Indeed, the Sliammon, Klahoose and Homalco are often considered “one people” by academics and elders alike. We have intermarried extensively with our immediate neighbors and have at times shared villages and resource gathering areas. Traditionally, groups who identified themselves as Sliammon, Homalco, and Klahoose each occupied a cluster of villages and recognized a territory associated with these villages. The Sliammon and Northern Coast Salish had no rigid identification of a territory. Precise boundaries were not always clearly delineated through things such as marking the shoreline with boulders, or fighting over property found at the frontiers of one’s lands, as was the case with B.C.’s other First Nations.
The effects of the devastation must not be underestimated. All aspects of Sliammon language, culture, history, knowledge and even our gene pool, were pulled through the eye of a needle. Very few of our people survived, let alone could fight long and hard enough to effectively pass their knowledge on to their children. By the turn of the century Sliammon, Klahoose, and Homalco’s numbers were less than 300 individuals, approximately 50% under the age of 18 years.
The mandatory residential school system has already been in affect for more than 40 years and would continue for another 70 years. The punitive powers of the Oblates were at their highest affecting everything from who married and when, to how people’s monies were spent. Traditional social order began to unwind as a result of the assault on traditional knowledge, beliefs and practices.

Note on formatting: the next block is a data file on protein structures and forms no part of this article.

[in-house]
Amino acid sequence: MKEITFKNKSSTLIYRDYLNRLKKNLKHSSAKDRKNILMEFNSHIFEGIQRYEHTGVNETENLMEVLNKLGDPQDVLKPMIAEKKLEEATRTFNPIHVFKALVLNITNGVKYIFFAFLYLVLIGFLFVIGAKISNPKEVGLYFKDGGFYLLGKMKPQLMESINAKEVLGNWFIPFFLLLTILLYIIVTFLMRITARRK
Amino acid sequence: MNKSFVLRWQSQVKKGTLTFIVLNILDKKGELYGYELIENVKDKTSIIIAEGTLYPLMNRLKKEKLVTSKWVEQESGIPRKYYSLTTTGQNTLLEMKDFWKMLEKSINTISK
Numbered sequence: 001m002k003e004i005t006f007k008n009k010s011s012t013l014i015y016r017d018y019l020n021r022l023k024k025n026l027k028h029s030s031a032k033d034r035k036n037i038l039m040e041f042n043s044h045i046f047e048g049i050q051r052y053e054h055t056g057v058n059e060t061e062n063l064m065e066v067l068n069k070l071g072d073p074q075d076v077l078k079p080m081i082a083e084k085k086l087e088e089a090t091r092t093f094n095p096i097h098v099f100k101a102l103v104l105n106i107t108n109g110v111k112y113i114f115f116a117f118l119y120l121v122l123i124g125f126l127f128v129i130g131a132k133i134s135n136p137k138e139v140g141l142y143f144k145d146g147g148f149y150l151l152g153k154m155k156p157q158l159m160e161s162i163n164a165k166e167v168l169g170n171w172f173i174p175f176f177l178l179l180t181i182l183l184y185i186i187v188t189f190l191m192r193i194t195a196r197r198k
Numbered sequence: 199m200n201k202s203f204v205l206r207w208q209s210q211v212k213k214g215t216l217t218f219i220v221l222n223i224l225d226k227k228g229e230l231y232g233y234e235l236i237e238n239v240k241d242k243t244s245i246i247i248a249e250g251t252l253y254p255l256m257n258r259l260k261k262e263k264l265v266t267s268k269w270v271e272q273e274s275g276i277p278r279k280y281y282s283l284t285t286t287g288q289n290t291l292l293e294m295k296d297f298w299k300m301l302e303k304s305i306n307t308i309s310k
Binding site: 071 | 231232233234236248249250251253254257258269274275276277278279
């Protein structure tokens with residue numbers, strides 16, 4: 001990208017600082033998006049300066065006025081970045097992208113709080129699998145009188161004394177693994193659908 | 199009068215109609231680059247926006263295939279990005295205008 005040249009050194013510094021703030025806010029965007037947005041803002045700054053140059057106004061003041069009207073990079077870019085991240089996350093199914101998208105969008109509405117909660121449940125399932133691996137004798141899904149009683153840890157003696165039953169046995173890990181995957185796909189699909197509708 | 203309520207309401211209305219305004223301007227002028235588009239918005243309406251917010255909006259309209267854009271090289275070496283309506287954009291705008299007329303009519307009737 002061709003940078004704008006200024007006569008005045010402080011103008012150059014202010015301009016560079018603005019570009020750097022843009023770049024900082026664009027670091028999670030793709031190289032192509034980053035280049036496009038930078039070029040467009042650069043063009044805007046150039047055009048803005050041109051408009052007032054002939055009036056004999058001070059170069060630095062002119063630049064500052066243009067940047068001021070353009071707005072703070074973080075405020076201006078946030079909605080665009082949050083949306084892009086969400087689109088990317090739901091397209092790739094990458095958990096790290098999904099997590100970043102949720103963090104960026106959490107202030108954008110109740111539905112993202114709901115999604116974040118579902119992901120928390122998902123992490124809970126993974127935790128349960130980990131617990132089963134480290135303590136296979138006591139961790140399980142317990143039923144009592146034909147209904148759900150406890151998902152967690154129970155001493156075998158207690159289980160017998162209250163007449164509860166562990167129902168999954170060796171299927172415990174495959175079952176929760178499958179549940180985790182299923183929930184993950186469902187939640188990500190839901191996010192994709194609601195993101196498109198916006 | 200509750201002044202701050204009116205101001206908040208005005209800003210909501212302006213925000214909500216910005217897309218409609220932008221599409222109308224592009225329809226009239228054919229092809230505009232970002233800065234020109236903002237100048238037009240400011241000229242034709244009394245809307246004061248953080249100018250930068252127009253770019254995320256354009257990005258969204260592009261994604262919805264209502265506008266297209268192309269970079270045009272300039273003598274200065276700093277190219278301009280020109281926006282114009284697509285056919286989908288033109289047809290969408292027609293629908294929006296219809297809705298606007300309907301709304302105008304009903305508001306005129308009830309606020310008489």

Sliammon Treaty Negotiations
Sliammon is currently in Stage 5 of treaty negotiations and has invested thirteen years, and approximately 9 million dollars into negotiating a Sliammon Final Agreement. The Final Agreement is made up of 26 Chapters, and is linked to 11 separate side agreements.
The Final Agreement contains some very significant gains to Sliammon. It also falls short in providing important guarantees that Sliammon has been seeking. Governments have been unable to accommodate changes that Sliammon has been pursuing. Each Party to the agreement has reached its limit. It is now time to step back from negotiating mode, and assess whether Sliammon can accept the overall package.
The Final Agreement will be put to the Sliammon community for a ratification vote. The community will be asked to decide whether the Final Agreement is acceptable by Sliammon. An Enrolment process is now underway in preparation for a community vote.
The next phase of work will shift away from negotiating with Canada and British Columbia, to working with the Sliammon community to “explain the contents” of the Final Agreement, and to making plans for administrative transitions needed to manage new sets of responsibilities that come along with finished treaty.